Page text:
I take the point about linkage with good mental health. One of my personal frustrations is that much of our work is about promoting self-esteem and good body image, which is excellent for mental health. It cuts across a range of lifestyle behaviours — alcohol, drugs and other issues. We are aware of those points. There is a potential for those to be built into the strategic framework, but we will then have to get the buy-in. There is certainly potential, and we are working closely with the Department of Education and the Department of Culture, Arts and Leisure on Fit Futures.

Dr Chada:

The point about local commissioning groups is extremely important. When the public health infrastructure matures at a local level, it will be important for local commissioning groups to work with partners such as local government and public health professionals. That will ensure a common approach so that people have access to exercise and leisure opportunities, thereby tackling the obesity issue. We need to examine that work carefully at a local level. Commissioners need to take that on board.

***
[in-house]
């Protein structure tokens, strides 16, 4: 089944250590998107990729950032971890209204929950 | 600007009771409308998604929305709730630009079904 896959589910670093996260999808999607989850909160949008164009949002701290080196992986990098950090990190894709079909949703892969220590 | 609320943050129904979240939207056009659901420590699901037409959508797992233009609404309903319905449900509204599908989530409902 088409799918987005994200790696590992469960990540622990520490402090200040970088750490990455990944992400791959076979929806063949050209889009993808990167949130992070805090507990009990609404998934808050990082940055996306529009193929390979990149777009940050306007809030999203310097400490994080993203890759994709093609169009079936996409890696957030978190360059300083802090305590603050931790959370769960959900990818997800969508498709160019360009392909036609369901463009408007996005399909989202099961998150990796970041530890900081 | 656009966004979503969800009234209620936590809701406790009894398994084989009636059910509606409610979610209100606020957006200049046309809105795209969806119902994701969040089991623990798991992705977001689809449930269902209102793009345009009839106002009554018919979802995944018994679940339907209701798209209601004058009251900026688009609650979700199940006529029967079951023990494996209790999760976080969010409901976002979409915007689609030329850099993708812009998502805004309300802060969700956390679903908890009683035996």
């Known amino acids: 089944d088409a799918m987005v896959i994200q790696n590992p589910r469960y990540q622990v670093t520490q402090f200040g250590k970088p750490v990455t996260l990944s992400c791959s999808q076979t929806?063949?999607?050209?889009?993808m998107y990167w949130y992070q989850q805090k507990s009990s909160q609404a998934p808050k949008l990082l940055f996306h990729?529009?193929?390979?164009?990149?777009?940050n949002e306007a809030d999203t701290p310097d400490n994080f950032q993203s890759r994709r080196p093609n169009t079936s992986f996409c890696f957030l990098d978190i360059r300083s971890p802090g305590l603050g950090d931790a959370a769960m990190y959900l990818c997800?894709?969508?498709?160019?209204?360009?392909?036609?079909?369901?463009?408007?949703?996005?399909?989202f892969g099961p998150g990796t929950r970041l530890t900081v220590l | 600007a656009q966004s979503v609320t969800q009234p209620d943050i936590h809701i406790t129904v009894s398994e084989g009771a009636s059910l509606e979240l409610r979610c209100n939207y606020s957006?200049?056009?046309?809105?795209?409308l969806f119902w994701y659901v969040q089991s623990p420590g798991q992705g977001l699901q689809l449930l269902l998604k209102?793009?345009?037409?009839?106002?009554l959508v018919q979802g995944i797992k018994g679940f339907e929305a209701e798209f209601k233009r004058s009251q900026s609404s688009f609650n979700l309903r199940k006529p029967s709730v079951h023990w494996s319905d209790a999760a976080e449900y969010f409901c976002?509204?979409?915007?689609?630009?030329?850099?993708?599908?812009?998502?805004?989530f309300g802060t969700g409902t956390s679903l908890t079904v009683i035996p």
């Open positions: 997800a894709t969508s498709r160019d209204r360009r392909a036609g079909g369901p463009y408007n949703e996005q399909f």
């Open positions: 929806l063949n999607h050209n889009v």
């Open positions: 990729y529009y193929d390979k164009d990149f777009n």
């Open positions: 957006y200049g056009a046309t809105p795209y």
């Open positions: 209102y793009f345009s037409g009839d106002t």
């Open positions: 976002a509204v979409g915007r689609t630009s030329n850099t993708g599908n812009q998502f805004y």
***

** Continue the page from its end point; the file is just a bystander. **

Mr Phipps:

It is a challenge; it is part of the regional vision, but it will be delivered locally. The framework will, I hope, enable that so that there is regional consistency. However, local bodies know their localities better than we do. The entire process is about that, and it can put in place those types of initiative. There must be consistency in what we are saying. One can go to area A and receive a certain message, and then go to area B and receive an entirely different message. People might say that we should get our act together. However, it is about how the issue of messages and information is managed. It is not unique to health issues. There is a range of issues, and it is about trying to manage a regional vision against local delivery.